- Structural and functional defects of the respiratory neural system in the medulla and spinal cord of Pax6 mutant rats. [Journal Article]
- BRBrain Res Bull 2019 Jul 10
- Pax6 is an important transcription factor expressed in several discrete domains of the developing central nervous system. It has been reported that Pax6 is involved in the specification of subtypes o…
Pax6 is an important transcription factor expressed in several discrete domains of the developing central nervous system. It has been reported that Pax6 is involved in the specification of subtypes of hindbrain motor neurons. Pax6 homozygous mutant (rSey2/rSey2) rats die soon after birth, probably due to impaired respiratory movement. To determine whether the respiratory center in the medulla functions normally, we analyzed the histological and neurophysiological properties of the medulla and spinal cord in fetal rats with this mutation. First, the medulla of rSey2/rSey2 at embryonic (E) 21.5-E22.5 tended to be smaller than those from heterozygous mutant (rSey2/+) and wild-type (+/+) littermates. Through immunohistochemical analysis, we confirmed normal distribution of Phox2b-expressing cells in the parafacial respiratory group (pFRG) of rSey2/rSey2 rats. Expression of neurokinin-1 receptor (NK-1R) was weak and dispersed in rSey2/rSey2 rats. In addition, rSey2/rSey2 rats have a defect of the hypoglossal nerve root. Electrophysiological analysis using brainstem-spinal cord preparations (E21.5-E22.5) revealed that rSey2/rSey2 rats showed larger fluctuation of the amplitude of inspiratory activity monitored from the fourth cervical root although there was no significant difference in the respiratory rate among rSey2/rSey2, rSey2/+, and +/+ littermates. The response of respiratory rhythm to high CO2 was similar among all genotypes. Optical recordings of neuronal activity revealed that the activity of the pFRG tended to be weaker and inspiratory activity appeared in more scattered areas in the caudal ventral medulla in the rSey2/rSey2 rats. These results suggest that the basal activity of the respiratory system was preserved with mild impairment of the inspiratory activity in the rSey2/rSey2 rats and that the Pax6 gene is involved in the functional development of the neuronal system producing effective inspiratory motor outputs for survival.
- A behavior-based drug screening system using a Caenorhabditis elegans model of motor neuron disease. [Journal Article]
- SRSci Rep 2019 Jul 12; 9(1):10104
- Amyotrophic lateral sclerosis (ALS) is a fatal neurodegenerative disease characterized by the progressive loss of motor neurons, for which there is no effective treatment. Previously, we generated a …
Amyotrophic lateral sclerosis (ALS) is a fatal neurodegenerative disease characterized by the progressive loss of motor neurons, for which there is no effective treatment. Previously, we generated a Caenorhabditis elegans model of ALS, in which the expression of dnc-1, the homologous gene of human dynactin-1, is knocked down (KD) specifically in motor neurons. This dnc-1 KD model showed progressive motor defects together with axonal and neuronal degeneration, as observed in ALS patients. In the present study, we established a behavior-based, automated, and quantitative drug screening system using this dnc-1 KD model together with Multi-Worm Tracker (MWT), and tested whether 38 candidate neuroprotective compounds could improve the mobility of the dnc-1 KD animals. We found that 12 compounds, including riluzole, which is an approved medication for ALS patients, ameliorated the phenotype of the dnc-1 KD animals. Nifedipine, a calcium channel blocker, most robustly ameliorated the motor deficits as well as axonal degeneration of dnc-1 KD animals. Nifedipine also ameliorated the motor defects of other motor neuronal degeneration models of C. elegans, including dnc-1 mutants and human TAR DNA-binding protein of 43 kDa overexpressing worms. Our results indicate that dnc-1 KD in C. elegans is a useful model for the screening of drugs against motor neuron degeneration, and that MWT is a powerful tool for the behavior-based screening of drugs.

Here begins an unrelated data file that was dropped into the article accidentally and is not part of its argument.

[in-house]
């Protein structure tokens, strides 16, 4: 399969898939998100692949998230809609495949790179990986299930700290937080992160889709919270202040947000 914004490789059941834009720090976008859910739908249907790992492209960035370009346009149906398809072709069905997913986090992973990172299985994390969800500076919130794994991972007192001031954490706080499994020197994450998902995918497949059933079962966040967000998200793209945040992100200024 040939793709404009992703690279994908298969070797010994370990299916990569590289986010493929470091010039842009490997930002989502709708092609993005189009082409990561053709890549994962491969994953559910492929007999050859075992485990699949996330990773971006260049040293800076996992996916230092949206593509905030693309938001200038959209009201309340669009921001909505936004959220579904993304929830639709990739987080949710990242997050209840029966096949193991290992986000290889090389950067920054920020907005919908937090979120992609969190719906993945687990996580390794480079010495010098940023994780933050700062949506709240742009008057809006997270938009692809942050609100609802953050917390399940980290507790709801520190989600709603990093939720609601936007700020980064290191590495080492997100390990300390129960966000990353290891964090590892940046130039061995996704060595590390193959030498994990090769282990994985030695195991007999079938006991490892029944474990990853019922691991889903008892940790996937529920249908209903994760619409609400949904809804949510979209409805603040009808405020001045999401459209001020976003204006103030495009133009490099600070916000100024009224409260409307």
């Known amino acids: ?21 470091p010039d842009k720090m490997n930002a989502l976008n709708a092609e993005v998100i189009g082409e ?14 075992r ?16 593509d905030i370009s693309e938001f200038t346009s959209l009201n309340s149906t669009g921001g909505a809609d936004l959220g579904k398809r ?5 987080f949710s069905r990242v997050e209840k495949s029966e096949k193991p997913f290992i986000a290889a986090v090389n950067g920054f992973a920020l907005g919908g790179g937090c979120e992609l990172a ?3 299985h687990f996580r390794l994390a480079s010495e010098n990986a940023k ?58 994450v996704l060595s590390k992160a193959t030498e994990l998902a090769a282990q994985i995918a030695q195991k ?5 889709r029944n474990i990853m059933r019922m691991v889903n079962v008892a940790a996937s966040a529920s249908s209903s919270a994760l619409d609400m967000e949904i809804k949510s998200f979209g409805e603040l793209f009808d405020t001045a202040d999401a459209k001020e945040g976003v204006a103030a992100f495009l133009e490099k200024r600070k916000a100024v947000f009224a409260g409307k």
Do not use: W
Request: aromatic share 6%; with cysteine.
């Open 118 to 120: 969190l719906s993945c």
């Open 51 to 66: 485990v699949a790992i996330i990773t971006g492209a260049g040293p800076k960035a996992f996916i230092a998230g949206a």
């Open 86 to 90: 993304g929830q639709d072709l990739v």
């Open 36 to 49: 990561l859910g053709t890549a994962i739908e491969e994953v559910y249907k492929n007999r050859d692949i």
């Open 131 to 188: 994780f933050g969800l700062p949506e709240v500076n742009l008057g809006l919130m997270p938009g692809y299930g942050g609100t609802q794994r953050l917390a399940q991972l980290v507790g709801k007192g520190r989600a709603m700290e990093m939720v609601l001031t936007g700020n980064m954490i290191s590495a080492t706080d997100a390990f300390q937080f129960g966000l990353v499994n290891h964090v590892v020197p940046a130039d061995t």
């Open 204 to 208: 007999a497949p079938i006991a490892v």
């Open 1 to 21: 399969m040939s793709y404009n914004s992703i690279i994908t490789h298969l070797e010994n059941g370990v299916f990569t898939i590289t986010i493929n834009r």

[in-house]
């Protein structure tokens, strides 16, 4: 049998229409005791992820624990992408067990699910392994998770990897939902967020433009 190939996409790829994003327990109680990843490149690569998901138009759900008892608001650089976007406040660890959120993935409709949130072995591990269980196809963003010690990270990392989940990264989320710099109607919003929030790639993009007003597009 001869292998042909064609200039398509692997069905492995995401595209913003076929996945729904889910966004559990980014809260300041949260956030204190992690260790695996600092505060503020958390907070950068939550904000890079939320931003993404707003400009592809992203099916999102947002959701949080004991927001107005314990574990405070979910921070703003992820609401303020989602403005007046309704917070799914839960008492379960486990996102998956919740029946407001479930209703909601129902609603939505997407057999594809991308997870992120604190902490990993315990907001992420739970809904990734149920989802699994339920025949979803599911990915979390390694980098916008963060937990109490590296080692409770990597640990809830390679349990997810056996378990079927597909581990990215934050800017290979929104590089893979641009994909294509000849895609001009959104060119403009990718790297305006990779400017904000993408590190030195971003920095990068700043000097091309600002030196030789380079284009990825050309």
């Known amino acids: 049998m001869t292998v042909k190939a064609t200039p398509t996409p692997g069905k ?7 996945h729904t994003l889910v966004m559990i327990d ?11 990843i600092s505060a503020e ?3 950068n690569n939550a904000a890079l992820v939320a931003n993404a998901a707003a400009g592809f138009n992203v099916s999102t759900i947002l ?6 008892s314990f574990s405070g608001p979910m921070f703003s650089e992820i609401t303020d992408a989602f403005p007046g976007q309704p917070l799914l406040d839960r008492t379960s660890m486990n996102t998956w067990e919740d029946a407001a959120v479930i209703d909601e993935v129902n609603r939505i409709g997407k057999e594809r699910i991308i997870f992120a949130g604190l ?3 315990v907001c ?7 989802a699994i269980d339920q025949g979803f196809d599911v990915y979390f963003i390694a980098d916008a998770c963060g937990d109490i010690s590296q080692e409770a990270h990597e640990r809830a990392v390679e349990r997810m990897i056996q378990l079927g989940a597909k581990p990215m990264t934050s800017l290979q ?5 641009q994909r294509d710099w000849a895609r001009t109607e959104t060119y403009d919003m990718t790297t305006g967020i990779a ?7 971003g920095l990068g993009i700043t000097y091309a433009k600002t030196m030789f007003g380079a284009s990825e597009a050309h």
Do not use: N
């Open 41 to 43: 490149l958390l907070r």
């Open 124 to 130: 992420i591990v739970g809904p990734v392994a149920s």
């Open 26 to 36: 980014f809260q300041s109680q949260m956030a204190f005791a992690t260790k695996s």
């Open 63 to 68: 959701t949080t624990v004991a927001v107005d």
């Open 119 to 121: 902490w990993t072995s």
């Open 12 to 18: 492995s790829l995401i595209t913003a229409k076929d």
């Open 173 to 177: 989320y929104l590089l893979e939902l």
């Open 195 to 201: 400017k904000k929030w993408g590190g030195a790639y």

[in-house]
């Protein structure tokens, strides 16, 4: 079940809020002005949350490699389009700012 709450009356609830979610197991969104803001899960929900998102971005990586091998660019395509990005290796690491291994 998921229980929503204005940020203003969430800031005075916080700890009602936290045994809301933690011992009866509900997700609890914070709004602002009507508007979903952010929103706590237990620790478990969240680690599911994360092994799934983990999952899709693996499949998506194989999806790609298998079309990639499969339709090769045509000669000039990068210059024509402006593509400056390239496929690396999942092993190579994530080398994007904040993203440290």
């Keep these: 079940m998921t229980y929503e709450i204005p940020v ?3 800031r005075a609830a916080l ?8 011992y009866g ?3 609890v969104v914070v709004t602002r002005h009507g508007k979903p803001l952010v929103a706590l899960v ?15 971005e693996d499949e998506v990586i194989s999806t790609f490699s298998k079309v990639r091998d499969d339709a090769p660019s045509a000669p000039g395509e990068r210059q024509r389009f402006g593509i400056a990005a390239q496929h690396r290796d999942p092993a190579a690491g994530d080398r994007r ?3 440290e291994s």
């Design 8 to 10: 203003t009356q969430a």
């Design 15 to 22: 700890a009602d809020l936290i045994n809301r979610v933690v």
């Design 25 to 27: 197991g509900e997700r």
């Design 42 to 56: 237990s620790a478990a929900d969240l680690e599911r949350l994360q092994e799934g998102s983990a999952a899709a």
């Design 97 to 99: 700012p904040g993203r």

- Long-term imaging of dorsal root ganglia in awake behaving mice. [Journal Article]
- NCNat Commun 2019 Jul 12; 10(1):3087
- The dorsal root ganglia (DRG) contain the somas of first-order sensory neurons critical for somatosensation. Due to technical difficulties, DRG neuronal activity in awake behaving animals remains unk…
The dorsal root ganglia (DRG) contain the somas of first-order sensory neurons critical for somatosensation. Due to technical difficulties, DRG neuronal activity in awake behaving animals remains unknown. Here, we develop a method for imaging DRG at cellular and subcellular resolution over weeks in awake mice. The method involves the installation of an intervertebral fusion mount to reduce spinal movement, and the implantation of a vertebral glass window without interfering animals' motor and sensory functions. In vivo two-photon calcium imaging shows that DRG neuronal activity is higher in awake than anesthetized animals. Immediately after plantar formalin injection, DRG neuronal activity increases substantially and this activity upsurge correlates with animals' phasic pain behavior. Repeated imaging of DRG over 5 weeks after formalin injection reveals persistent neuronal hyperactivity associated with ongoing pain. The method described here provides an important means for in vivo studies of DRG functions in sensory perception and disorders.
- Reduction of ephrin-A5 aggravates disease progression in amyotrophic lateral sclerosis. [Journal Article]
- ANActa Neuropathol Commun 2019 Jul 12; 7(1):114
- Amyotrophic lateral sclerosis (ALS) is a fatal neurodegenerative disease that affects motor neurons in the brainstem, spinal cord and motor cortex. ALS is characterized by genetic and clinical hetero…